ICC Kenyatta trial 'may be delayed' on defence complaint

BY: Enoch Darfah Frimpong

International Criminal Court (ICC) prosecutors say they do not object to delaying the trials of four prominent Kenyans charged with fuelling violence.

One of the suspects, Deputy Prime Minister Uhuru Kenyatta, is contesting next week's presidential elections.

The ICC trials, over violence that broke out after the disputed 2007 election, was due to start in April.

But defence lawyers complained that they had not been given enough time to prepare for the cases.

ICC spokesman Fadi El Abdallah said judges had not yet decided whether to delay the trials, the Associated Press news agency reports.

But the prosecutors' comment, in written filings posted on the ICC website, makes it likely the trials will be pushed until later in the year.

The prosecution had initially rejected calls for a delay, but now admits that "operational constraints", such as the availability of court space, may make an April date "untenable", reports the BBC's Anna Holligan from The Hague.

The political implications of a delay would be significant, if there is no clear winner in Kenya's 4 March election, our reporter says.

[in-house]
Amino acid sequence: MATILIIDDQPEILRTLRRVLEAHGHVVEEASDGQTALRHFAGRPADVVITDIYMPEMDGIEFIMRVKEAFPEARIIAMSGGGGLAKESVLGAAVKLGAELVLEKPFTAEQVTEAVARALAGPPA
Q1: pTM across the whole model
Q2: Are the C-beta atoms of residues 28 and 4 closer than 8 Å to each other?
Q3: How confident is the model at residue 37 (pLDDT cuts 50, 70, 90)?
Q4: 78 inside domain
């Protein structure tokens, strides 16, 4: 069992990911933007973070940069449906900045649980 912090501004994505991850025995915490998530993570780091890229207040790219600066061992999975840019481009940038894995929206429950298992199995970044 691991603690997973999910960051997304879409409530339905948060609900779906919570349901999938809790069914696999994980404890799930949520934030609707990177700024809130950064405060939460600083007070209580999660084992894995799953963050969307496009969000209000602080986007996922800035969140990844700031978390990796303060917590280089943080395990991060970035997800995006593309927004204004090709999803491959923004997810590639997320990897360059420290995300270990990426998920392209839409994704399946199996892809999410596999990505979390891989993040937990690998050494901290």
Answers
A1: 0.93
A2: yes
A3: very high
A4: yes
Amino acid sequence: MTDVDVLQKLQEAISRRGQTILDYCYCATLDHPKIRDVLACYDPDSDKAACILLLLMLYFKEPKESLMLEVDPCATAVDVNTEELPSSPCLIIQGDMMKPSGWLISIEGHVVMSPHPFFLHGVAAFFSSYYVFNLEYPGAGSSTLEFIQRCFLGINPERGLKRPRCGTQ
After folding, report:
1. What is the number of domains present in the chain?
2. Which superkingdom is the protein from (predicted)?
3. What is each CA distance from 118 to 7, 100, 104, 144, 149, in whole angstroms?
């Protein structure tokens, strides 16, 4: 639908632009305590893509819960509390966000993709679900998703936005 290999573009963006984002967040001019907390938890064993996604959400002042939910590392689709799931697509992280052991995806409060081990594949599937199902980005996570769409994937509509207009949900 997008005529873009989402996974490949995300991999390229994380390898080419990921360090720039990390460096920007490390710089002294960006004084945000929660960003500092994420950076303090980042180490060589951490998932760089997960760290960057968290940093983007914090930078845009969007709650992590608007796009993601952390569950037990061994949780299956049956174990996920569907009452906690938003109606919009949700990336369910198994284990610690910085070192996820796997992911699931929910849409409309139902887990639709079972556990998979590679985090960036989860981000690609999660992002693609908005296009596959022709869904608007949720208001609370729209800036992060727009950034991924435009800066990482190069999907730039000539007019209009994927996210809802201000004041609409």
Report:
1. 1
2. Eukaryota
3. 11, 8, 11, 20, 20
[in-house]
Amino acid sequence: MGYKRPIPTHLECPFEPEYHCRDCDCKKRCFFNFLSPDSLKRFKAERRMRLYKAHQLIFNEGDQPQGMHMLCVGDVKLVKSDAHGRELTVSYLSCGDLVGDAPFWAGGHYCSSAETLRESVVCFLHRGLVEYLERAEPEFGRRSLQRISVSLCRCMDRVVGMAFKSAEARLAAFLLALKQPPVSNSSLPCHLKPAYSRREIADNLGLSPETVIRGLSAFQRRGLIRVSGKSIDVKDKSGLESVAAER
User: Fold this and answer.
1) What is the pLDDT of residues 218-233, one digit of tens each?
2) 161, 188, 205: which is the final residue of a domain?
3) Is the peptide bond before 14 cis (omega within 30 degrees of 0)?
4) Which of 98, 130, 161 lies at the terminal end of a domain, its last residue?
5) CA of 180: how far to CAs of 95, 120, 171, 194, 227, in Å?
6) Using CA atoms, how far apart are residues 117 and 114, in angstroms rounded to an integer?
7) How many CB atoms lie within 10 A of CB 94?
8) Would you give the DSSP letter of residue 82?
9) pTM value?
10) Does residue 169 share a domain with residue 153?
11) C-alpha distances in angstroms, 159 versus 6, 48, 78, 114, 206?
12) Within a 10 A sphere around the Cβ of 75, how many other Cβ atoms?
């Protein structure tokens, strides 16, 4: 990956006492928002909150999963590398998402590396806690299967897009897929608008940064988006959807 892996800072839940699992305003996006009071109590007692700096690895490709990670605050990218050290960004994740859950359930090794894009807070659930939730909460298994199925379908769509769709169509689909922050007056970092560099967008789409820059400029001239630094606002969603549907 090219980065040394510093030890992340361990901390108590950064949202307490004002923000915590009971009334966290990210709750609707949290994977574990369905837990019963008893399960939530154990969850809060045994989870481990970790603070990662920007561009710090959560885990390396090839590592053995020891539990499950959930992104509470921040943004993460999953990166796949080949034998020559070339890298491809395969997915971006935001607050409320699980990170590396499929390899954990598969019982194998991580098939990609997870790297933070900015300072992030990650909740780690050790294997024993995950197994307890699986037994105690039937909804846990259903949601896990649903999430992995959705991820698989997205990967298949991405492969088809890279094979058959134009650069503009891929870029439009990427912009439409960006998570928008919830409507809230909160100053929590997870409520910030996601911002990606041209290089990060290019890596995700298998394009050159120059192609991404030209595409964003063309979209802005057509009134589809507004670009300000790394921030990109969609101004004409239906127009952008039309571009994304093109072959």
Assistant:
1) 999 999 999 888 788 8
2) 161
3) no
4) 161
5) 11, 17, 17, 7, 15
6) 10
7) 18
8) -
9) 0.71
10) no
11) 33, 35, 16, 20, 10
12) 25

It would mean that the accused would be free to stay for any run-off vote, she adds.

Mr Kenyatta and his running mate, William Ruto, are charged with crimes against humanity over the violence which left more than 1,000 people dead and 600,000 homeless after the 2007 election.

Kenya's former UN ambassador Francis Muthaura and journalist Joshua arap Sang are facing similar charges at The Hague.

They all deny the charges.

About two weeks ago, a Kenyan High Court refused to annul Mr Kenyatta's candidature, saying it did not have the power to do so.

He is a frontrunner for the presidency, along with Prime Minister Raila Odinga, in next week's election.

Mwai Kibaki is stepping down, at the end of his two terms.

Defence lawyers had said they need more time to prepare for the trials because prosecutors had not disclosed all their evidence.

The 2007 violence broke out after Mr Odinga's supporters reacted angrily to Mr Kibaki's victory, claiming the vote had been rigged.

Mr Kibaki was backed by Mr Kenyatta, while Mr Ruto supported Mr Odinga. However, the two have formed an alliance to contest next week's election.